Ready to Answer - Lesson 2

By Jim Baird

Is There Good Evidence for My Faith?

Background Information for the Teacher


  1. Students will recognize that faith and evidence are not opposed to each other, and that the Holy Spirit uses evidence to help people come to faith.
  2. Students will see that, given our nature as limited creatures, even with good evidence, people will sometimes doubt their faith.
  3. Students can list some of the common triggers of doubt.


  1. It is important not just to read these notes to the class. Teacher should be very familiar with the outline and choose how to present the material, making notes in the margins as needed. Practicing the lesson a few times will allow the teacher to look at the students’ eyes while making the presentation.
  2. Some find it helpful to underline the key words that will spark their memory of what to say and do next.
  3. A teacher who is new to this subject would be wise to get copies of the resources listed at the bottom of this outline and study them as well.
  4. Blackboard should be provided, clean with chalk and erasers.
  5. Students should have access to Bibles, or have overheads of all scriptures.
  6. If you are going to use the handouts associated with this lesson, give them out after the introduction. The underlined material in these notes appears in the handouts.


Faith is helped by evidence, but even good evidence doesn’t rule out some doubts from time to time.

Lesson Plan for Conducting the Class

Introduction: (about 10 minutes)

  1. Prayer
  2. Get reports from anyone who talked to those with non-Christian faiths.
  3. See if they can answer: “What was last week’s definition of faith?” [Faith is a wise conviction about the unseen fundamentals of reality, and this conviction forms a steady basis for one’s whole way of life. Put this on the board to use during the class.]
  4. Ask, “Can you have faith in something if you can prove it?” After the discussion has gone on for a bit, lead into the first learning experience below.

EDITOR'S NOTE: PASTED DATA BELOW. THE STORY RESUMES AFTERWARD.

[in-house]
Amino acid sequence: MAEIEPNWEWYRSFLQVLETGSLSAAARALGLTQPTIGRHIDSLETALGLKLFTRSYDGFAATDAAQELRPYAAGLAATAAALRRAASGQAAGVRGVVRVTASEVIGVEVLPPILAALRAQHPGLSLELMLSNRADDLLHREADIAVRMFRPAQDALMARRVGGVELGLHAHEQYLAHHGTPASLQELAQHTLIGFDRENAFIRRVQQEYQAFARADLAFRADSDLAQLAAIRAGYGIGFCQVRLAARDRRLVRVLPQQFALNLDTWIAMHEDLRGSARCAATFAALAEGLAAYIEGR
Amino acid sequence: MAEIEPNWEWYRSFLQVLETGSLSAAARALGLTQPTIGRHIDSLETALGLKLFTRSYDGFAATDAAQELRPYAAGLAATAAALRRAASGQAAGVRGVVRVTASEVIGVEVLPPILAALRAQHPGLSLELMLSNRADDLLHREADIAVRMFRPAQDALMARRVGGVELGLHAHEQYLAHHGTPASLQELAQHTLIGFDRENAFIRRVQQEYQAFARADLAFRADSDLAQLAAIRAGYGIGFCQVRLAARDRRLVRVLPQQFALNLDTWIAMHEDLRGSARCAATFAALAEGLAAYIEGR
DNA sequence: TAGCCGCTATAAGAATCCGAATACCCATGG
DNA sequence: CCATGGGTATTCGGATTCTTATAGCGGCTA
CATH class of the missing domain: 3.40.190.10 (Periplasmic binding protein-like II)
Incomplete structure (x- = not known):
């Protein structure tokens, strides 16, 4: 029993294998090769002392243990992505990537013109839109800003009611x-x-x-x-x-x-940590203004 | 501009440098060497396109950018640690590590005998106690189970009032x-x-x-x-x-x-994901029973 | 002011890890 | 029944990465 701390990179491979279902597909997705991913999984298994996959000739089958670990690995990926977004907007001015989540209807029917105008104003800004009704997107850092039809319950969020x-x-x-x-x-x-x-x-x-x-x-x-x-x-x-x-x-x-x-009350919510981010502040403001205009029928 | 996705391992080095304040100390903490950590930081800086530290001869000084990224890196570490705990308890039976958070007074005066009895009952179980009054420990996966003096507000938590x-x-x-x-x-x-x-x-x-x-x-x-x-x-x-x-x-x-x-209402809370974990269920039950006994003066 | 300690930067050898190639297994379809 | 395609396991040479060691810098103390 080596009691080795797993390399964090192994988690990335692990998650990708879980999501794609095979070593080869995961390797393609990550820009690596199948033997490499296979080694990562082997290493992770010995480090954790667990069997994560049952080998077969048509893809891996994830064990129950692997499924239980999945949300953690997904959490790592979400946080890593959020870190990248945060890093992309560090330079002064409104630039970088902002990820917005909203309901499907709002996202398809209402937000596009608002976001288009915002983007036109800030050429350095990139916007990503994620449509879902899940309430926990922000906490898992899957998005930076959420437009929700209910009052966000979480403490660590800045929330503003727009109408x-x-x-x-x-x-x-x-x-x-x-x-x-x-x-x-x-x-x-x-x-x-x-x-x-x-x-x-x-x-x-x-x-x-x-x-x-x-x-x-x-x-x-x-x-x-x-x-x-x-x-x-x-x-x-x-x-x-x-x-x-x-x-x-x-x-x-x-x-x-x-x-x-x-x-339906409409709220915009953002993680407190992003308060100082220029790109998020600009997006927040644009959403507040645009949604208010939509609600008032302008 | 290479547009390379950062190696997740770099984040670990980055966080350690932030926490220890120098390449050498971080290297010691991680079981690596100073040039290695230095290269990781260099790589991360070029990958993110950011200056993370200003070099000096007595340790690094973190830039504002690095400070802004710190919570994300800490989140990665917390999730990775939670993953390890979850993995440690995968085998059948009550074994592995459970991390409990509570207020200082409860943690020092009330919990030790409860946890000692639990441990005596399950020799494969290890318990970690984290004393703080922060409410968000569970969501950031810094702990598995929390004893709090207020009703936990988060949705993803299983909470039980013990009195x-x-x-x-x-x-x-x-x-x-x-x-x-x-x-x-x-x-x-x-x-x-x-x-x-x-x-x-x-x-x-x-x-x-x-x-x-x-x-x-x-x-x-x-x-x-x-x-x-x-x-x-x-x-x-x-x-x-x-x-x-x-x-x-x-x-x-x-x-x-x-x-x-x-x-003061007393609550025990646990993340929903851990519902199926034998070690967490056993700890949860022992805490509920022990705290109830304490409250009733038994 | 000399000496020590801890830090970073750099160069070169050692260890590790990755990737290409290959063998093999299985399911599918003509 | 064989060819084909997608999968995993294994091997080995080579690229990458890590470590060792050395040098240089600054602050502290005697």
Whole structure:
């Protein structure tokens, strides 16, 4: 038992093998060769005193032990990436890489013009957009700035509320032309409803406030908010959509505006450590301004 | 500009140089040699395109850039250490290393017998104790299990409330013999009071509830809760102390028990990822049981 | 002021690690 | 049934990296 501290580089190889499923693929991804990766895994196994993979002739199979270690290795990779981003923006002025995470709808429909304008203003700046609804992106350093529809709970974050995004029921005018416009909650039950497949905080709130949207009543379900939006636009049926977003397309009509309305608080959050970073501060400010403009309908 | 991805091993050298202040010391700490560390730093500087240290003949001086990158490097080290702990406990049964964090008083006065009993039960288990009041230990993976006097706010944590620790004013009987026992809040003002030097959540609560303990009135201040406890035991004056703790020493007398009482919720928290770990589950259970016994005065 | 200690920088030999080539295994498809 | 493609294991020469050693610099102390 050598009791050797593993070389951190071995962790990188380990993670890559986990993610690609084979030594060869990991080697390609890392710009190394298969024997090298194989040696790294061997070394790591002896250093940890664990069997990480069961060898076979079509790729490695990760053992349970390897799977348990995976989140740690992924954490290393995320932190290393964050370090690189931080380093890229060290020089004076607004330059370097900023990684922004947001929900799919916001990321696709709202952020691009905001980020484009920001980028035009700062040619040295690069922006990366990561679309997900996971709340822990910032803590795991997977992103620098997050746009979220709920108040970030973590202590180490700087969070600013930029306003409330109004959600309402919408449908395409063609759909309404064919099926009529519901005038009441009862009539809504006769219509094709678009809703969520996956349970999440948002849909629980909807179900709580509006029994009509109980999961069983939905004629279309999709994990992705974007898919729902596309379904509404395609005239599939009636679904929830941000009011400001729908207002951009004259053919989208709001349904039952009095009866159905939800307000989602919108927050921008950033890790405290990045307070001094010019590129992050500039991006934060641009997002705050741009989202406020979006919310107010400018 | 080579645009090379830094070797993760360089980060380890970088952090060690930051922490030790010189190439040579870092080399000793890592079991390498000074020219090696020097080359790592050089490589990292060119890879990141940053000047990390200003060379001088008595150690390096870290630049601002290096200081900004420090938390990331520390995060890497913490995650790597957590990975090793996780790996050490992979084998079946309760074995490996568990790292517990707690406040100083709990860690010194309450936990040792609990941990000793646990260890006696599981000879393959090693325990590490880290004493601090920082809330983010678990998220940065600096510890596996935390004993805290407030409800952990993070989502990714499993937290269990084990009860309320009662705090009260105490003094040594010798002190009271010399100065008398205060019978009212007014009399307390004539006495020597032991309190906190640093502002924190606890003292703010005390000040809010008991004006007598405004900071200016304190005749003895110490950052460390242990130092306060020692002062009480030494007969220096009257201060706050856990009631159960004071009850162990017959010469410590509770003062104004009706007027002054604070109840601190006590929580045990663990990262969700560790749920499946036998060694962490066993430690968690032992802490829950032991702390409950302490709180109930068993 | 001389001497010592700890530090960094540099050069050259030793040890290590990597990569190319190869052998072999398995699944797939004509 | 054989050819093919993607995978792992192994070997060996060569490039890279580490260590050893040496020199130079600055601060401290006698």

Learning Experiences: (about 30 minutes)

  1. Is it OK to give evidence for faith?
    1. Actually, lots of people, Christians and non-Christians alike, say that faith and proof are incompatible.
      1. Sometimes they use II Corinthians 5:7, where Paul says, “We live by faith, not by sight”, and they bring up the example of Thomas, who doubted until he saw Jesus with his own eyes. Jesus said to him in John 20:29, “Because you have seen Me, have you believed? Blessed are they who did not see, and yet believed.”
      2. It might seem that these passages teach that it is better to believe when there is no evidence.
    2. But if faith and evidence are opposites, then what do we make of the very next sentences after the Thomas story:
      1. John 20:30-31 “Jesus did many other miraculous signs in the presence of his disciples, which are not recorded in this book. But these are written that you may believe that Jesus is the Christ, the Son of God,and that by believing you may have life in his name.”
      2. Clearly, the Holy Spirit intended the story of Thomas and the other miracles in John to be evidence for us to help us come to faith.
      3. And if you look at the sermons of Acts, you will seethe preachers giving evidence to persuade people to believe. For instance, in Acts 2, Peter gives several lines of evidence from prophesy, miracles and the resurrection to persuade people to believe in Jesus. So clearly, the Holy Spirit uses evidence to help people come to faith.
    3. Look again at II Corinthians 5:7 and John 20:29, and you will see that it is not faith and evidence that are opposites, but faith and sight.
      1. Sight is psychologically compelling and pretty well removes the possibility of doubt.
      2. But as we learned last week, any faith, Christian or not, is about what is unseen, and so it is never as compelling as plain sight.
      3. Of course, God could make himself visible to us, but he may have other reasons to remain unseen. Like a mother that wants a child to be happy and confident even when she is not in sight, God may want us to develop confidence in him and some degree of self control even though we cannot see him.
      4. Since we humans are so limited in our ability to see(or sense directly), we have to live based on indirect evidence. Since we are also fallible when we reason based on indirect evidence, there is often a degree of doubt about what we believe. But notice that this isa problem for all human beings, not just Christians. Christians and non-Christians alike have to live by accepting indirect evidence, and have to put up with the doubt that sometimes comes with indirect evidence. But it does not change the fact that we often have very good evidence for many things we cannot see. In later lessons, we will see some of the excellent evidence we have for Christian faith.